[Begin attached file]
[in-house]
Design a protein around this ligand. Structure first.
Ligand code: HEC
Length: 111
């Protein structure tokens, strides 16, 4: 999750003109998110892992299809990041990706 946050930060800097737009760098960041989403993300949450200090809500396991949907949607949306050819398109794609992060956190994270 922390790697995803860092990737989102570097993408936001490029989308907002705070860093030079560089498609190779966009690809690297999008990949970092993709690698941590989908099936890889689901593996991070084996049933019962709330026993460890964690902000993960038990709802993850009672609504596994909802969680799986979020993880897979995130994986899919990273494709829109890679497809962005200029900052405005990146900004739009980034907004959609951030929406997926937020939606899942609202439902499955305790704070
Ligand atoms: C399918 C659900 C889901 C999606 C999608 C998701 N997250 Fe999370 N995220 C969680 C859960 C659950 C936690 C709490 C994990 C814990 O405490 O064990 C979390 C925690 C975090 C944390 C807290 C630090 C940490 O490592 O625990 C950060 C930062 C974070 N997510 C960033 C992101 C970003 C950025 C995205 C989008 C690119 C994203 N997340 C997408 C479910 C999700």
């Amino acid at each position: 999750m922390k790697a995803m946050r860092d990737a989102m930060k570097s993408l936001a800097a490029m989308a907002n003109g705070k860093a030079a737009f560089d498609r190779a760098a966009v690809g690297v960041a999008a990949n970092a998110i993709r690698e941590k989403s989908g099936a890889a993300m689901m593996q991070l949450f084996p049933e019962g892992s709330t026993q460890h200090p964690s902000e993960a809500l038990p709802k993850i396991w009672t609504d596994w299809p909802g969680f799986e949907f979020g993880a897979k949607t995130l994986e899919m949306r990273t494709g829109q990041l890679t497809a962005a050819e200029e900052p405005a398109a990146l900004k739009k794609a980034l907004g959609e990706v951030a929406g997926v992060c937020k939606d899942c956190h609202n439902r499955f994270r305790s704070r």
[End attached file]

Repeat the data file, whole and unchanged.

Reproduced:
[in-house]
Design a protein around this ligand. Structure first.
Ligand code: HEC
Length: 111
């Protein structure tokens, strides 16, 4: 999750003109998110892992299809990041990706 946050930060800097737009760098960041989403993300949450200090809500396991949907949607949306050819398109794609992060956190994270 922390790697995803860092990737989102570097993408936001490029989308907002705070860093030079560089498609190779966009690809690297999008990949970092993709690698941590989908099936890889689901593996991070084996049933019962709330026993460890964690902000993960038990709802993850009672609504596994909802969680799986979020993880897979995130994986899919990273494709829109890679497809962005200029900052405005990146900004739009980034907004959609951030929406997926937020939606899942609202439902499955305790704070
Ligand atoms: C399918 C659900 C889901 C999606 C999608 C998701 N997250 Fe999370 N995220 C969680 C859960 C659950 C936690 C709490 C994990 C814990 O405490 O064990 C979390 C925690 C975090 C944390 C807290 C630090 C940490 O490592 O625990 C950060 C930062 C974070 N997510 C960033 C992101 C970003 C950025 C995205 C989008 C690119 C994203 N997340 C997408 C479910 C999700």
């Amino acid at each position: 999750m922390k790697a995803m946050r860092d990737a989102m930060k570097s993408l936001a800097a490029m989308a907002n003109g705070k860093a030079a737009f560089d498609r190779a760098a966009v690809g690297v960041a999008a990949n970092a998110i993709r690698e941590k989403s989908g099936a890889a993300m689901m593996q991070l949450f084996p049933e019962g892992s709330t026993q460890h200090p964690s902000e993960a809500l038990p709802k993850i396991w009672t609504d596994w299809p909802g969680f799986e949907f979020g993880a897979k949607t995130l994986e899919m949306r990273t494709g829109q990041l890679t497809a962005a050819e200029e900052p405005a398109a990146l900004k739009k794609a980034l907004g959609e990706v951030a929406g997926v992060c937020k939606d899942c956190h609202n439902r499955f994270r305790s704070r």